Amyotrophic lateral sclerosis (ALS) is a fatal neurodegenerative disease affecting nerve cells in the brain and spinal cord. Once ALS starts, it almost always progresses, eventually destroying a person’s ability to complete daily functions before progressing to death. Around 5,000 people in the U.S. are diagnosed with ALS annually, but it occurs worldwide with no racial, ethnic, or socioeconomic boundaries.
Despite extensive research, the exact cause of ALS remains unknown, and no cure exists. With a short life expectancy after diagnosis, the search for effective treatment or prevention measures is pressing. Among the contenders, research is pointing toward diet as a possible tactic to moderate ALS risk and disease progression.
What are the ALS Symptoms and Risk factors?
ALS leads to the progressive neurodegeneration of motor neurons, eventually preventing the brain from initiating and controlling voluntary and involuntary movement of the body. Symptoms of ALS vary from person to person and will depend on which nerve cells are affected.
According to the National Institute of Neurological Disorders and Stroke (NIH), early symptoms may include muscle twitches and cramps, tight or stiff muscles (spasticity), slurred speech, or difficulty chewing or swallowing. As the disease progresses, a person may lose their ability to stand or walk on their own, chew or swallow (dysphagia), speak or form words (dysarthria), or breathe (dyspnea).
About 90% of ALS cases that occur are considered sporadic, meaning the disease seems to occur at random with no associated risk factors or family history of the disease, while the remaining 10% are inherited through genetic mutation. Although the cause of most cases of ALS is unknown, there are some established risk factors, including:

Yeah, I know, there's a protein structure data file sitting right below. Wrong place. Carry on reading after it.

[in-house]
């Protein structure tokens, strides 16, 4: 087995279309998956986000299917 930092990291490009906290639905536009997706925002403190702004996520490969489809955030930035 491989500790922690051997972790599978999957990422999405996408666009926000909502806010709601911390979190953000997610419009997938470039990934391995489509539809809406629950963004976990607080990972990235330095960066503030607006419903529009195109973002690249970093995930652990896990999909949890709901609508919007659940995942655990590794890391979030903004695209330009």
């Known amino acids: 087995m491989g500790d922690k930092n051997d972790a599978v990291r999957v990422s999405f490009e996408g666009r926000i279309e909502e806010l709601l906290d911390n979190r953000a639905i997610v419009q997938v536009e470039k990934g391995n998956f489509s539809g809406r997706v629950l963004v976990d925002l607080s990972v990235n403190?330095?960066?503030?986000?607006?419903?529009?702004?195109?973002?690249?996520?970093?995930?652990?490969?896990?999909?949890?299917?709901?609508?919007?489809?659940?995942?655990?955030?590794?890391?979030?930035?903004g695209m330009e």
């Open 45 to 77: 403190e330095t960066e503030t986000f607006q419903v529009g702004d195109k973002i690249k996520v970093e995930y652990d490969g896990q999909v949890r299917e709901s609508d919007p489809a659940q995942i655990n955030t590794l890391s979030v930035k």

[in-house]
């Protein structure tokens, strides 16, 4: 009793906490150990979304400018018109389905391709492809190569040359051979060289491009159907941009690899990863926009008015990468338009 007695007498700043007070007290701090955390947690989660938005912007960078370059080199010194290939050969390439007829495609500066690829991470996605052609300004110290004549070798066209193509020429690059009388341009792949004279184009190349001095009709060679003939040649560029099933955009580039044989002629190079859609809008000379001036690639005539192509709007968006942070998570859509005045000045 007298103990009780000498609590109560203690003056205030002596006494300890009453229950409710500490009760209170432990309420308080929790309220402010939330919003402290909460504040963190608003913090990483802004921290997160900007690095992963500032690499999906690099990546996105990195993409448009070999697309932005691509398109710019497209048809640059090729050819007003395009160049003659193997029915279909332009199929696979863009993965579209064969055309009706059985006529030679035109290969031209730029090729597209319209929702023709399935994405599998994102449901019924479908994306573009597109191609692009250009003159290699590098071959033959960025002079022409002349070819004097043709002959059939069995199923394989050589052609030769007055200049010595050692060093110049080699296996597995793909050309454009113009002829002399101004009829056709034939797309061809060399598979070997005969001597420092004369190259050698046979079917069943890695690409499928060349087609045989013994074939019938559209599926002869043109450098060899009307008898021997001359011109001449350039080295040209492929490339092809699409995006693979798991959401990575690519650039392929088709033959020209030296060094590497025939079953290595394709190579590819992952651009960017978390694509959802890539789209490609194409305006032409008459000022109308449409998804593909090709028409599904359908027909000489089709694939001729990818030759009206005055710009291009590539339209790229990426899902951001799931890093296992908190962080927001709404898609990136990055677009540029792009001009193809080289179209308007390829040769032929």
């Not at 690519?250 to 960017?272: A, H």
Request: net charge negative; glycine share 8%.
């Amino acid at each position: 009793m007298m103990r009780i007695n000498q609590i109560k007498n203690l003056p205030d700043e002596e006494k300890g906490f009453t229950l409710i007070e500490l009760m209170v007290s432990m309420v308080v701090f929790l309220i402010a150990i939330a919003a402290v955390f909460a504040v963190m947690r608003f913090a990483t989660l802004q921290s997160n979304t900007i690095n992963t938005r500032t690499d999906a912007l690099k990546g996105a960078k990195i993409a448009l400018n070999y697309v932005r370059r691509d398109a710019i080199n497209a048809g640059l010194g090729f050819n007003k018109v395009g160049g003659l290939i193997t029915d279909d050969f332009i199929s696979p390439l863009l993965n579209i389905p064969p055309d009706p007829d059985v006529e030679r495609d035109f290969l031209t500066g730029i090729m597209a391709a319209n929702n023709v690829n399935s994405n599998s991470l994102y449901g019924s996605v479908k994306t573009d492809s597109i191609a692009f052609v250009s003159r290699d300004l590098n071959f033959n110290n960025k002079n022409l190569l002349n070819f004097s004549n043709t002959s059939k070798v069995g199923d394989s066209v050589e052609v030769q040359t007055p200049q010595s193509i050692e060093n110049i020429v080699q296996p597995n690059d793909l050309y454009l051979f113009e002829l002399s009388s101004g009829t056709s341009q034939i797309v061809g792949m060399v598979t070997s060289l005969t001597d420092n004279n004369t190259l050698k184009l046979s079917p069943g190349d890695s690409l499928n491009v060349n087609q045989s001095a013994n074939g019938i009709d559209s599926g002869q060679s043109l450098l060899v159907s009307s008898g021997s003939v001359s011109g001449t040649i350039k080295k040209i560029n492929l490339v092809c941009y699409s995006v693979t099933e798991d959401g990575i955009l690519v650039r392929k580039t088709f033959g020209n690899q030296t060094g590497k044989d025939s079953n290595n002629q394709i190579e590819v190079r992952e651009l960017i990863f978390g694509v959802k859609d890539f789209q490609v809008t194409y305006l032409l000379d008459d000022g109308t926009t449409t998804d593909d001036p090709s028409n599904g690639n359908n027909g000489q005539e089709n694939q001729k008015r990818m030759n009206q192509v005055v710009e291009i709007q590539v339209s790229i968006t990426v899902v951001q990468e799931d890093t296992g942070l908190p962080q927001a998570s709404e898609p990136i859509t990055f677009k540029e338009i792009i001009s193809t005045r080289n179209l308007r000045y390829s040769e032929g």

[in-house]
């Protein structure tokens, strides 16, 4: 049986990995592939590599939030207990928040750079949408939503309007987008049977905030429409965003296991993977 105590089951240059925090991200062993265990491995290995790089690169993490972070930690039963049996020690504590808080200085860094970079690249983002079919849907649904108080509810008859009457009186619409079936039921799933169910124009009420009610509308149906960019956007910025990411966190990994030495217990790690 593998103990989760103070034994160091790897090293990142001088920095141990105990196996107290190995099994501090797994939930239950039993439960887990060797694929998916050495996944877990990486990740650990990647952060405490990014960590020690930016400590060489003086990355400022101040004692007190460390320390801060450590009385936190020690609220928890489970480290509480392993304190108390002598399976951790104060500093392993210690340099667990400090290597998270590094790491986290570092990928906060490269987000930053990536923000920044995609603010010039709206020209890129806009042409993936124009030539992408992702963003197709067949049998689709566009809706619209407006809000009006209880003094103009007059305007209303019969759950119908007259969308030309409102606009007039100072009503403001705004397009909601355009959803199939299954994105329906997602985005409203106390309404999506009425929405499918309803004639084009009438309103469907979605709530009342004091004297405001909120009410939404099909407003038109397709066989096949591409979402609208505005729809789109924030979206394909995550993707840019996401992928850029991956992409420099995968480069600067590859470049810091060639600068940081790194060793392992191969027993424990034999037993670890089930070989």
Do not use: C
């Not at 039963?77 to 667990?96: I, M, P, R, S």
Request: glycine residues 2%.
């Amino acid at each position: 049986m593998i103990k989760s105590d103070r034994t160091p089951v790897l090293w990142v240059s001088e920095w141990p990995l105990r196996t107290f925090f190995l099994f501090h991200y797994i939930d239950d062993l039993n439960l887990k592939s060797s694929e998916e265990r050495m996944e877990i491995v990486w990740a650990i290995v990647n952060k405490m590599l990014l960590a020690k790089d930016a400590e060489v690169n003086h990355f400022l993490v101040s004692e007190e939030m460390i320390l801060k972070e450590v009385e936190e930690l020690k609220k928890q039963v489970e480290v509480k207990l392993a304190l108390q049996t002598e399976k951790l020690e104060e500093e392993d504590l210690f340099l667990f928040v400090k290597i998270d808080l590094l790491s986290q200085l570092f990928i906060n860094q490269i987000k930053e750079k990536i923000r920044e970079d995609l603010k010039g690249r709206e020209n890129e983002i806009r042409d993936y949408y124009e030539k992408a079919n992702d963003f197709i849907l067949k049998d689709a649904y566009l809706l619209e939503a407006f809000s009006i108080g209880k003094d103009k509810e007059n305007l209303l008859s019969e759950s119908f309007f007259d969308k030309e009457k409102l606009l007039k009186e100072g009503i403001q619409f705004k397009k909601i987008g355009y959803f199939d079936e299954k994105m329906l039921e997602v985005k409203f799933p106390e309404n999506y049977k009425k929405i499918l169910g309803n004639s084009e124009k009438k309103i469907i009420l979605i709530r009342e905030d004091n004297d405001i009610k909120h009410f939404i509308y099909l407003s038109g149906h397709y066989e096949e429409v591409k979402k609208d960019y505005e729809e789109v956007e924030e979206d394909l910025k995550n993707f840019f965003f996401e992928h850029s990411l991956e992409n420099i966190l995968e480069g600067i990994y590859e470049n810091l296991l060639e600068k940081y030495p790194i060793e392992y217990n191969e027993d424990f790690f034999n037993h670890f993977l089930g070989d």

- Age – symptoms most commonly develop between ages 55-75
- Sex – males are more likely to develop ALS than women
- Race and ethnicity – Caucasians are most likely to develop the disease
- Military service – veterans are approximately twice as likely to develop ALS
- Family history – although only 10% of all ALS cases are familial, having a parent with ALS does increase the risk
There is no treatment to cure ALS or reverse damage done to motor neurons caused by ALS. Therefore, most treatments focus on keeping people mobile, comfortable, and independent after diagnosis.
Strategies are typically individualized and include multidisciplinary care, and incorporate pharmacological and lifestyle interventions. Several medications have been approved by the U.S. Food and Drug Administration (FDA) to support a treatment plan for ALS. The medicines are believed to moderate damage to motor neurons, slow exacerbation of symptoms, and prolong survival by a few months. Other medications may be prescribed to help manage symptoms, including muscle cramps or stiffness, excess saliva and phlegm, sleep disturbances, and alterations in gut function.
In addition to pharmacological support, interventions may also include assistance from physical and occupational therapists to help individuals maintain mobility and independence as long as possible. Speech therapy and pulmonary specialists may also provide strategies and equipment for prolonged communication and breathing support as the disease progresses. Finally, registered dietitians may provide nutrition strategies to maintain adequate calories, fiber, and fluids. However, emerging evidence suggests that diet may play a larger role in ALS outcomes than previously believed.
The Relationship Between Omega-3s and ALS
Polyunsaturated fatty acids (PUFAs) are incorporated into and play roles in neuron survival, neuroinflammation, and the structural and functional regulation of neurons, all of which are relevant to the etiology of ALS. Of the many PUFAs, omega-3 fatty acids, in particular, have exhibited neuroprotective properties. Therefore, it’s little surprise that multiple studies have uncovered associations between omega-3 intake and ALS risk.
A 2014 study conducted a pooled analysis of nearly 1,000 cases of ALS occurring in 5 extensive prospective cohort studies to examine the association between omega-6 and omega-3 PUFA consumption and ALS risk. The researchers found that individuals with higher dietary intakes of omega-3 PUFAs had markedly reduced risk of ALS. They found that total omega-3 PUFA intake was associated with a 34% reduced risk of ALS when comparing the highest to the lowest quintile and that intakes of alpha-linolenic acid (ALA) and marine omega-3 PUFAs were individually associated with lower ALS risk.